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Griffith takes lead with key First Nations role

Griffith University is looking to the future of Indigenous education with a newly appointed Pro-Vice Chancellor for Indigenous education.

Feb 14, 2020, updated Feb 17, 2020
Cindy Shannon Pro-Vice Chancellor for Indigenous education.

Cindy Shannon Pro-Vice Chancellor for Indigenous education.

Griffith University’s newly appointed Pro-Vice Chancellor (Indigenous) Professor Cindy Shannon wants to build on the university’s reputation as a leader in Indigenous education.

Griffith has led the way nationally in its support for and numbers of First Nations students, celebrating diversity and encouraging participation, with Australia’s first tertiary student support unit (GUMURRII) for Indigenous Australians and the First Council of Elders.

With more than 1000 students the university also leads Queensland in indigenous student numbers.

“Griffith’s record in relation to the participation, retention and success of First Nations students demonstrates its commitment to equity and diversity, as well as excellence,’’ Professor Shannon said.

“We have some fantastic examples of students and staff who have joined the Griffith community and thrived, including Dr Kerry Bodle in the Griffith Business School, who is regularly called on to speak about Indigenous issues within the accounting and financial services industries.”

Dr Bodle was 38 when she finished her Bachelor of Business degree at Griffith. A descendant of Karendali (Thargomindah), Kalali (Conbar Outstation) and Waka Waka (Cherbourg) First Nation Peoples, she went on to complete her Honours in 2003, later enrolling in a doctorate degree and has recently been appointed Griffith Business School Aboriginal and Torres Strait Islander Academic Director.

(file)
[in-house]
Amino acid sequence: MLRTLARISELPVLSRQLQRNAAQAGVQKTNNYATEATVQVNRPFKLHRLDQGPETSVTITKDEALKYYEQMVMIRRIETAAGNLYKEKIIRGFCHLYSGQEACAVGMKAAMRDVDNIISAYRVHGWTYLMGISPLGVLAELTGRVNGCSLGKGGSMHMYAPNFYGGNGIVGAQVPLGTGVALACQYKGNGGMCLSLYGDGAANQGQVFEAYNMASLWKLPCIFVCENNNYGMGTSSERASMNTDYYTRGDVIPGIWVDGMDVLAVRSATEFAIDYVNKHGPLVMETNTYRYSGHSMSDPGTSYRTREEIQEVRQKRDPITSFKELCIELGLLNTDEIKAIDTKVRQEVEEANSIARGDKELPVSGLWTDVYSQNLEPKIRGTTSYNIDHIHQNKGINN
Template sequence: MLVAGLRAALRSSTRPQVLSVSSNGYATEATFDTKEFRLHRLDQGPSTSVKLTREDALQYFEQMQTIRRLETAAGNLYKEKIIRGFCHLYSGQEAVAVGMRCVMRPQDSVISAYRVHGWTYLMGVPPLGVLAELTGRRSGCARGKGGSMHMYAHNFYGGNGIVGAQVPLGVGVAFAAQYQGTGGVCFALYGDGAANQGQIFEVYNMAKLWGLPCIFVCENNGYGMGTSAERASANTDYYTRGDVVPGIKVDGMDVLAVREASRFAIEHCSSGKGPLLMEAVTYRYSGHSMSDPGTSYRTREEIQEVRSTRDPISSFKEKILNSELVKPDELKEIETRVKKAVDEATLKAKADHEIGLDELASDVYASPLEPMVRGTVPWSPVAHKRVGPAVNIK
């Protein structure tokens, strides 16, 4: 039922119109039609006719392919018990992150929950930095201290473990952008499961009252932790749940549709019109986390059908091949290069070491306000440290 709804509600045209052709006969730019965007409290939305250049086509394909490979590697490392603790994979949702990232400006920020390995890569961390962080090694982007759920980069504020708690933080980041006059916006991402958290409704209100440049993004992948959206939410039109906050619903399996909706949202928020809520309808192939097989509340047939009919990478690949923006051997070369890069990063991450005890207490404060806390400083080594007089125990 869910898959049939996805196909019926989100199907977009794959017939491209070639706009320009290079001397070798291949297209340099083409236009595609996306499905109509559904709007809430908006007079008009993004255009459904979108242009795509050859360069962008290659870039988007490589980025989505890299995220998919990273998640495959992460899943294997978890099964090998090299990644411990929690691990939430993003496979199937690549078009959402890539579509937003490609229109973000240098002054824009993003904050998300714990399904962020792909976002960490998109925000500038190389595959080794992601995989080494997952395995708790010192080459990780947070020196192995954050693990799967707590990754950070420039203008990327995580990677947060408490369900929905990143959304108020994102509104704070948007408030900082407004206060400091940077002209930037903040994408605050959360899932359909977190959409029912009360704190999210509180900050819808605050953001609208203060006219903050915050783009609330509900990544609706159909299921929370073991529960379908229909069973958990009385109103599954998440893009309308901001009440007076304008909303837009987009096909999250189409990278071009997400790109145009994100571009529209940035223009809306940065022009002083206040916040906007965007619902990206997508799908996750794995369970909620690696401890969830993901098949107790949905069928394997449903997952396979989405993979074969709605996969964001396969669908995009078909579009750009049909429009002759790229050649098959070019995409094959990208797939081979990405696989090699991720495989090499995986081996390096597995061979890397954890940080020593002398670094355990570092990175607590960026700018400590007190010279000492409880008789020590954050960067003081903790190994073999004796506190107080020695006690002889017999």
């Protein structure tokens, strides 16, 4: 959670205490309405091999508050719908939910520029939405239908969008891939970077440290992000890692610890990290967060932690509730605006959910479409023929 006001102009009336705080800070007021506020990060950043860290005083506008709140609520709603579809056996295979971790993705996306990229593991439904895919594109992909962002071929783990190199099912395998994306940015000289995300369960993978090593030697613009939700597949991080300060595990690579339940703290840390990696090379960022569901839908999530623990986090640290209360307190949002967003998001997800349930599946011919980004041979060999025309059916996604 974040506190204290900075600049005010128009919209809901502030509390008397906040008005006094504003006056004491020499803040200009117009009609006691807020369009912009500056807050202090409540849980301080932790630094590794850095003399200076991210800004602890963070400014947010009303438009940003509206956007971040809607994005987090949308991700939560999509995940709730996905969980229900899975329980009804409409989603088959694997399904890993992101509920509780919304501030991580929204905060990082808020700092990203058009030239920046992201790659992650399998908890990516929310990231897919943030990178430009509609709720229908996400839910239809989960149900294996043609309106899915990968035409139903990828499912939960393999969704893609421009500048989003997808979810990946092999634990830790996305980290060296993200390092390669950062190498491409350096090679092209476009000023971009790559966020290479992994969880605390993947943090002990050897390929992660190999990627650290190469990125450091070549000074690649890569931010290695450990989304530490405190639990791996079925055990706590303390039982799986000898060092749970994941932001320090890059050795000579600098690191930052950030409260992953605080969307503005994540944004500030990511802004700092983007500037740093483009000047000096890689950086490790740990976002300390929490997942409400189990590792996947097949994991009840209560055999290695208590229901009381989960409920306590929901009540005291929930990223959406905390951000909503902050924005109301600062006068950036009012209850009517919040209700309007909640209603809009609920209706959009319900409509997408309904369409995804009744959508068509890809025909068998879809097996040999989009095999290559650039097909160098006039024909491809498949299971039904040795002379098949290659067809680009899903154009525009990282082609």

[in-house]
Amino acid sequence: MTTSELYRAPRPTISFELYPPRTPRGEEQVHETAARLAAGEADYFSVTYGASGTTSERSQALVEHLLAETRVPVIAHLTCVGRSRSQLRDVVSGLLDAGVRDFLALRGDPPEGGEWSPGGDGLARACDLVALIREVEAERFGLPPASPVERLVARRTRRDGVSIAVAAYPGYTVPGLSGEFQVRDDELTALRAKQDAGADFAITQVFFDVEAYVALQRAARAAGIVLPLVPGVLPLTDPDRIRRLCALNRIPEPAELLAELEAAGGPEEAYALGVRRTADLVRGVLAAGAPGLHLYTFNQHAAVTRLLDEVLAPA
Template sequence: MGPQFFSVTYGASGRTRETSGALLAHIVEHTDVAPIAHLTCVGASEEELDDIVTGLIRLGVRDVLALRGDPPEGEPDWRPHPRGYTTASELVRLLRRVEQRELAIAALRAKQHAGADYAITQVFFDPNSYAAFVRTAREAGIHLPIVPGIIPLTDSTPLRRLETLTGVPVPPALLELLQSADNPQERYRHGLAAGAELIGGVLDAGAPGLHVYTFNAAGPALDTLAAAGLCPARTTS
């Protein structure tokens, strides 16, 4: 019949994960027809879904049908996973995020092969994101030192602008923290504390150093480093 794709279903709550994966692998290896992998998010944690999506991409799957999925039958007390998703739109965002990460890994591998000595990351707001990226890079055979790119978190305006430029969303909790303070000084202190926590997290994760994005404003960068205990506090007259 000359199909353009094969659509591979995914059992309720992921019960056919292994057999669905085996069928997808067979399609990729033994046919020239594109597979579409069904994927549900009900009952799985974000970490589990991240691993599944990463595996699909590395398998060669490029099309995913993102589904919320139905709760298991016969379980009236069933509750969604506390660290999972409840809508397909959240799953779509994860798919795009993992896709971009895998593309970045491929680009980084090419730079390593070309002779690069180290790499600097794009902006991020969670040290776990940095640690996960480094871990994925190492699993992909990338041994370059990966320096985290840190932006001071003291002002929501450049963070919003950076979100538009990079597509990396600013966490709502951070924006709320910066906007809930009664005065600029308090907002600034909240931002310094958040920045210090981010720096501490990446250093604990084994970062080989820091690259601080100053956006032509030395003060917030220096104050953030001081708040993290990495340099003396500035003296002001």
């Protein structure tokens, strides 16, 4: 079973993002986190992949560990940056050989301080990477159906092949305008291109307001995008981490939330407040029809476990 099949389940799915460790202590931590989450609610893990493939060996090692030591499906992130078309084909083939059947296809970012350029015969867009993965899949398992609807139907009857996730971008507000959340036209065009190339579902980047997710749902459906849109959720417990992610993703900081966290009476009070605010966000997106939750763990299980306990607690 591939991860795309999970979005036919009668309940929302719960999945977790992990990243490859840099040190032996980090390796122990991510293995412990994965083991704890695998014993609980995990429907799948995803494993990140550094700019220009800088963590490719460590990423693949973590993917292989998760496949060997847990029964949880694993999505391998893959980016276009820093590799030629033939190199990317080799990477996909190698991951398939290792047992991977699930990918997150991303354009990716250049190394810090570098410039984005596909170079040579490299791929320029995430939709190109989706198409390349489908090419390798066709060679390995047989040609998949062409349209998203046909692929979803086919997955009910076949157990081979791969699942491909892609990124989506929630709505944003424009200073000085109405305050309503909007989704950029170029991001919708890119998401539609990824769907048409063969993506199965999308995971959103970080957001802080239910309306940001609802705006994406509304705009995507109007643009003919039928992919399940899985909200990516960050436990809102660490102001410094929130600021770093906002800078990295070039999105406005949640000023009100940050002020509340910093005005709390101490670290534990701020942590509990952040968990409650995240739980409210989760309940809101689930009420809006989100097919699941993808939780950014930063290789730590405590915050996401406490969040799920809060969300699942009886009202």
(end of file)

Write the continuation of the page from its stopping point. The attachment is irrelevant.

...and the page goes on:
“I am thrilled to be working with staff like Dr Bodle and Indigenous students across all campuses as well as building on the deep community partnerships at the Logan campus, which is where I’ll be based,” Professor Shannon said.

Professor Shannon is a Ngugi woman and descendant of the Quandamooka people. She was honoured on Australia Day, becoming a Member of the Order of Australia for “significant service to Indigenous health and to medical education”.

“I’m grateful for the recognition it gives to First Nations’ health,’’ Professor Shannon said.

“It also recognises the importance of education and training a workforce that is adequately equipped to work in this area.

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“This highlights what can be achieved through university and Aboriginal and Torres Strait Islander community partnerships working together.”

Announced as a Queensland Great by the State Government in 2017, for a “significant service to Indigenous health and to medical education”, Professor Shannon’s appointment reflects Griffith’s commitment to ensuring the best for its First Nations students and staff and expanding the university’s social justice and equity agendas.

“I am delighted to be joining a university with such an excellent reputation and history in Indigenous higher education and look forward to being part of its exciting future,’’ Professor Shannon said.

Professor Shannon will work closely with Griffith’s Council of Elders and leadership of GUMURRII Student Support Unit, the Indigenous Research Unit and the Office of Indigenous Community Engagement, Policy and Partnerships and other key stakeholders.

Professor Shannon held the position of Pro Vice Chancellor (Indigenous Engagement) at the University of Queensland from 2011-2017 and held senior appointments at the Queensland University of Technology and the University of Melbourne.

In addition to her academic and leadership roles, Professor Shannon has served on numerous health advisory boards.

She is Chair of the Queensland Ministerial Advisory Committee on Sexual Health, Chair of the Queensland Aboriginal and Torres Strait Islander Foundation and a member of the Gold Coast Hospital and Health Service Board. She is also current Chair of the Brisbane South Primary Health Network.

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